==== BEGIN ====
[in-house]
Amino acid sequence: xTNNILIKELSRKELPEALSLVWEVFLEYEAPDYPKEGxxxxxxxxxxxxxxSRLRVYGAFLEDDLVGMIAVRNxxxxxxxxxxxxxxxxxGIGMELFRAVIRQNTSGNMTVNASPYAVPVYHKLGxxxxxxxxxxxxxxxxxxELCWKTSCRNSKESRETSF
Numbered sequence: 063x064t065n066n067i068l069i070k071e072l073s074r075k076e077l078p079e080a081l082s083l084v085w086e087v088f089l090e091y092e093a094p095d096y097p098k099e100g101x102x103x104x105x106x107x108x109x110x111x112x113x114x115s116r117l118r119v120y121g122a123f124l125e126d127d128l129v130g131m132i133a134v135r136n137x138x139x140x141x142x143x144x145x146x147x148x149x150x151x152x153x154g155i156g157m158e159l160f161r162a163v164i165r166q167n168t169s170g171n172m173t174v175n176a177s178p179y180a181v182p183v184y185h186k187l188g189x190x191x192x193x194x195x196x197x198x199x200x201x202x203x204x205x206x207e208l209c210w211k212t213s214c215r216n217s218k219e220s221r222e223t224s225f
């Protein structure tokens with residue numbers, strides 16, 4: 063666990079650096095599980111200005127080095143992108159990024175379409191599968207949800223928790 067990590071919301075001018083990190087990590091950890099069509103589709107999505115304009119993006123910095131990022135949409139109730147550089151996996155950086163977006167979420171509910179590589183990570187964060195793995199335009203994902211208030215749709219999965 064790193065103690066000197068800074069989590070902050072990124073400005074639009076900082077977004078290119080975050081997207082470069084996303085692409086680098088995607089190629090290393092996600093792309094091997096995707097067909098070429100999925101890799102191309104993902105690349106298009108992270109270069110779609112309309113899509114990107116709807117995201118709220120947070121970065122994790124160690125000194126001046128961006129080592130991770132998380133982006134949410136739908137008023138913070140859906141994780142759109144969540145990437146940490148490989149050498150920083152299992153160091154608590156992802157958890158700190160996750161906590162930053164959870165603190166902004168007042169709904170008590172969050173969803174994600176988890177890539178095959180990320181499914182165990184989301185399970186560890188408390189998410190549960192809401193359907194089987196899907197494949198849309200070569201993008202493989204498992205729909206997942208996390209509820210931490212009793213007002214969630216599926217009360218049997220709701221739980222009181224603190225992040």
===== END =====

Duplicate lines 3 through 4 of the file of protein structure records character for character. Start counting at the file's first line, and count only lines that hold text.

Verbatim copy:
Numbered sequence: 063x064t065n066n067i068l069i070k071e072l073s074r075k076e077l078p079e080a081l082s083l084v085w086e087v088f089l090e091y092e093a094p095d096y097p098k099e100g101x102x103x104x105x106x107x108x109x110x111x112x113x114x115s116r117l118r119v120y121g122a123f124l125e126d127d128l129v130g131m132i133a134v135r136n137x138x139x140x141x142x143x144x145x146x147x148x149x150x151x152x153x154g155i156g157m158e159l160f161r162a163v164i165r166q167n168t169s170g171n172m173t174v175n176a177s178p179y180a181v182p183v184y185h186k187l188g189x190x191x192x193x194x195x196x197x198x199x200x201x202x203x204x205x206x207e208l209c210w211k212t213s214c215r216n217s218k219e220s221r222e223t224s225f
């Protein structure tokens with residue numbers, strides 16, 4: 063666990079650096095599980111200005127080095143992108159990024175379409191599968207949800223928790 067990590071919301075001018083990190087990590091950890099069509103589709107999505115304009119993006123910095131990022135949409139109730147550089151996996155950086163977006167979420171509910179590589183990570187964060195793995199335009203994902211208030215749709219999965 064790193065103690066000197068800074069989590070902050072990124073400005074639009076900082077977004078290119080975050081997207082470069084996303085692409086680098088995607089190629090290393092996600093792309094091997096995707097067909098070429100999925101890799102191309104993902105690349106298009108992270109270069110779609112309309113899509114990107116709807117995201118709220120947070121970065122994790124160690125000194126001046128961006129080592130991770132998380133982006134949410136739908137008023138913070140859906141994780142759109144969540145990437146940490148490989149050498150920083152299992153160091154608590156992802157958890158700190160996750161906590162930053164959870165603190166902004168007042169709904170008590172969050173969803174994600176988890177890539178095959180990320181499914182165990184989301185399970186560890188408390189998410190549960192809401193359907194089987196899907197494949198849309200070569201993008202493989204498992205729909206997942208996390209509820210931490212009793213007002214969630216599926217009360218049997220709701221739980222009181224603190225992040």